A national bowel screening programme is being rolled out around the country. It is will become available to everyone aged 60 to 74 who is eligible for publicly funded healthcare in New Zealand.
- The introduction of a national bowel screening programme in New Zealand follows a successful 6-year pilot programme by the Waitematā DHB.
- It’s being rolled out gradually across the country so district health boards (DHBs) can prepare for the extra investigations and treatments that flow from a screening programme.
- The staged approach is also to make sure that treatment for patients with symptoms is not held up because of the extra demands from screening.
- The roll-out started in 2017 and about half the DHBs are now in the programme.
- You can find out when the programme will start in your DHB. You will be contacted within 2 years of it starting in your DHB.
Image credit: Time to Screen, NZ
Why is bowel cancer screening important?
New Zealand has one of the highest rates of bowel cancer in the world. More than 3000 New Zealanders are diagnosed with bowel cancer each year and more than 1200 die from it.
Bowel cancer occurs when normal cells on the inside of your bowel become abnormal and grow out of control. These cells can turn into a polyp (growth) and some polyps may grow into a cancer over time. There may be no warning signs of bowel cancer in the early stages.
Regular bowel screening of people who do not have any symptoms of bowel cancer provides an opportunity to find bowel cancer early. This means it can be treated sooner and the long-term outcome is likely to be better.
Find out more about bowel cancer symptoms, causes, diagnosis and treatment.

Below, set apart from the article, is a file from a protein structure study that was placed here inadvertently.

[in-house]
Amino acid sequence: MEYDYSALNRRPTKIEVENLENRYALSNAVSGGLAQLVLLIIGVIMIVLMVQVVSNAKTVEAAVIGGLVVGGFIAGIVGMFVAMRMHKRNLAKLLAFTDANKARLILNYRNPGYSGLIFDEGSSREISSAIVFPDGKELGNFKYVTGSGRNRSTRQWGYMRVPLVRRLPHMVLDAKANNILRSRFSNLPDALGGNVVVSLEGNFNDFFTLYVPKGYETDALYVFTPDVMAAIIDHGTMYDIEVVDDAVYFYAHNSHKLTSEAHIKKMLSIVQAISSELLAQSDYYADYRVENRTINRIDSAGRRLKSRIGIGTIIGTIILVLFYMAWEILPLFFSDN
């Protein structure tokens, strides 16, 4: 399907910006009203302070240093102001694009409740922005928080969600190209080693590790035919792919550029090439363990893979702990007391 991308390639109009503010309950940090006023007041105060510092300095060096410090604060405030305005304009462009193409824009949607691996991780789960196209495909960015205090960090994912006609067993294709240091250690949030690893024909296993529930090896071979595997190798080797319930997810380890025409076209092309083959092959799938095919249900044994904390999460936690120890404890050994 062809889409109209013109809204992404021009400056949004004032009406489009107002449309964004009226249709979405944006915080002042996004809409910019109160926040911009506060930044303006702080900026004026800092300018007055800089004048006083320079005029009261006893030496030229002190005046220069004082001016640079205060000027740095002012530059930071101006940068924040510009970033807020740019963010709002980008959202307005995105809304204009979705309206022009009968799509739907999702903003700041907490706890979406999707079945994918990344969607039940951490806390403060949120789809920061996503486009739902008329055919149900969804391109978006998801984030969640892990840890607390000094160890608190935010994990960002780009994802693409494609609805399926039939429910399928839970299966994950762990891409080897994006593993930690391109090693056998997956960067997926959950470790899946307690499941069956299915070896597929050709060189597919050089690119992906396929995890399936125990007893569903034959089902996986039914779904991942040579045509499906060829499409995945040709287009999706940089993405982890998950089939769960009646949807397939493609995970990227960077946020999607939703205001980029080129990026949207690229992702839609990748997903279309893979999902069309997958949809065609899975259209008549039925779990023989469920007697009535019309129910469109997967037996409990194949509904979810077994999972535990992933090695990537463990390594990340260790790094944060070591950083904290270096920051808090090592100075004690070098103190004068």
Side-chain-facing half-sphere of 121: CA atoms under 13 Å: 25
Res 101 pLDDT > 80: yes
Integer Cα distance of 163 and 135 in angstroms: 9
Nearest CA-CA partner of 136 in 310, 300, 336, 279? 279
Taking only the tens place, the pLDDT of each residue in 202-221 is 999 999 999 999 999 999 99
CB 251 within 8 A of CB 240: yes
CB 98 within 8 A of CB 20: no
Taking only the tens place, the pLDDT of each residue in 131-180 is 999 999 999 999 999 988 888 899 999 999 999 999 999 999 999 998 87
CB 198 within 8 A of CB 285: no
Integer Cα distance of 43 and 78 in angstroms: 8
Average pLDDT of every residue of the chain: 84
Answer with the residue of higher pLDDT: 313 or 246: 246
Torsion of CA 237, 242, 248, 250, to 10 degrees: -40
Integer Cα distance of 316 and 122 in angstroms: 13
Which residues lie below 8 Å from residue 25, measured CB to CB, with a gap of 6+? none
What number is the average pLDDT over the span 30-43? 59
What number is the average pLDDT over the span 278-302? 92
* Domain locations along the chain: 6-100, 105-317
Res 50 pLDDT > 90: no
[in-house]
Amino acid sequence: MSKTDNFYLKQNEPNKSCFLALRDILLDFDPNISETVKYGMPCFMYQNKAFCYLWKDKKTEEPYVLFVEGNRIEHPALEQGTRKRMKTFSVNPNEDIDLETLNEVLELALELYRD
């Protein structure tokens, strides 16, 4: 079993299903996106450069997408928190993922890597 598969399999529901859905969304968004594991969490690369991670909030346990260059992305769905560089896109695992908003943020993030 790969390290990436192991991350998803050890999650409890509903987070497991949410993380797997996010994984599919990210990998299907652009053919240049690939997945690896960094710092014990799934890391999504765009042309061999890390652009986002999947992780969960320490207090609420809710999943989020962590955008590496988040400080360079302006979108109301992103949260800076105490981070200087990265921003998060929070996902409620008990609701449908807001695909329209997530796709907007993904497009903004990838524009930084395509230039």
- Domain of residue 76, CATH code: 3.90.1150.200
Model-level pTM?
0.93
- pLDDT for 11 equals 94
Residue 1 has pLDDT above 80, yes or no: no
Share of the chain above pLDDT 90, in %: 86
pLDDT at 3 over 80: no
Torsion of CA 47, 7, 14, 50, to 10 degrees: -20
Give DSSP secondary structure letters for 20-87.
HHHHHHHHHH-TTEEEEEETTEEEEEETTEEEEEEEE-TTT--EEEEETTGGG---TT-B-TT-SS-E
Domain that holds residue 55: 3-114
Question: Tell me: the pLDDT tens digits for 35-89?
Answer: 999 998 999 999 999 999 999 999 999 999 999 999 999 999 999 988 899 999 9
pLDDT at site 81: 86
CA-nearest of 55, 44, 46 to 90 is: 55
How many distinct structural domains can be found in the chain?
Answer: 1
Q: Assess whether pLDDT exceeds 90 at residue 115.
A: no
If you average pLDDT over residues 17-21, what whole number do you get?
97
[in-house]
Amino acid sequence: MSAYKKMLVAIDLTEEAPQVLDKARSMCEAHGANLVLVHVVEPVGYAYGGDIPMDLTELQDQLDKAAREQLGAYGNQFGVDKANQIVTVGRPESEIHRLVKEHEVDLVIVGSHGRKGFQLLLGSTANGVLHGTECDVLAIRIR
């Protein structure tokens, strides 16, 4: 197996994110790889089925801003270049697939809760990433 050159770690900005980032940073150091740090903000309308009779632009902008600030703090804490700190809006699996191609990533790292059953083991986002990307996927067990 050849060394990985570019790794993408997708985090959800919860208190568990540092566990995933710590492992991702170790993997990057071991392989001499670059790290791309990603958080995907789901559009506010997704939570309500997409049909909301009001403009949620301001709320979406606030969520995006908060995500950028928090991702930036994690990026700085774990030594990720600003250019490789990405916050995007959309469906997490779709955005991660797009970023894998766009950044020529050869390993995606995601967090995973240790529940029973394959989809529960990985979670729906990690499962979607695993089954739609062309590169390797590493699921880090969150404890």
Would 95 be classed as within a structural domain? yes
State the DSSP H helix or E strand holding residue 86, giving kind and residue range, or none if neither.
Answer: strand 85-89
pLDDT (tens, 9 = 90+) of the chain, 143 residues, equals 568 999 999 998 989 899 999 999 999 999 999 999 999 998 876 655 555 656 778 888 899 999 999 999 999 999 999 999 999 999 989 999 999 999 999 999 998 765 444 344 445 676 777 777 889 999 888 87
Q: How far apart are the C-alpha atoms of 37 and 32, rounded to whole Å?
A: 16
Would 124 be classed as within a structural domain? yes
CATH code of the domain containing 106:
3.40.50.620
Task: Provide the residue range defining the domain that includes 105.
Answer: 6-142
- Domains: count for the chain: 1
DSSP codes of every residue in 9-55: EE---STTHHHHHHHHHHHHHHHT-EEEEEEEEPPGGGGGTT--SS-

Bowel screening is for people who don’t have any symptoms of bowel cancer. If you have any bowel symptoms that concern you, talk to your doctor straight away.
Why is bowel cancer screening only for 60 to 74-year-olds?
In the pilot, about 80% of cancers detected were in people aged 60 to 74 years. This means screening is being offered to those most likely to have bowel cancer or an advanced polyp detected by a follow-up colonoscopy.
As a colonoscopy is an invasive procedure that carries some risk, it is important to ensure that the benefits of screening outweigh any potential harm. Your doctor will help you decide if a colonoscopy should be carried out.
What will happen when I have my bowel cancer screening?
- When it is your turn to be screened, you will receive a letter inviting you to take part. You will also be sent a kit that allows you to collect a faecal (poo) sample at home. It includes a tube that you send by freepost with your poo sample inside.
- The sample will be tested in a laboratory for the presence of tiny amounts of blood that you can’t see when you look at it. If blood is found it may be an early warning sign that something is wrong with your bowel.
- If there are any concerns with your sample, you will be notified and booked in to have a colonoscopy.
How to do the bowel screening test
The “How to do the bowel screening test" is available to view in 11 languages:
National bowel screening programme or phone 0800 924 432
Information about bowel screening in other languages Health ED, NZ
Information about bowel screening in other languages National Screening Unit, NZ
Bowel screening programme description by Dr Derek Lou in English
(Te Whatu Ora, NZ, 2018)
- National bowel screening programme National Screening Unit, NZ, 2017
- Bowel screening – from pilot to national programme Ministry of Health, NZ, 2017
- About the National Bowel Screening Programme Time to Screen, NZ, 2020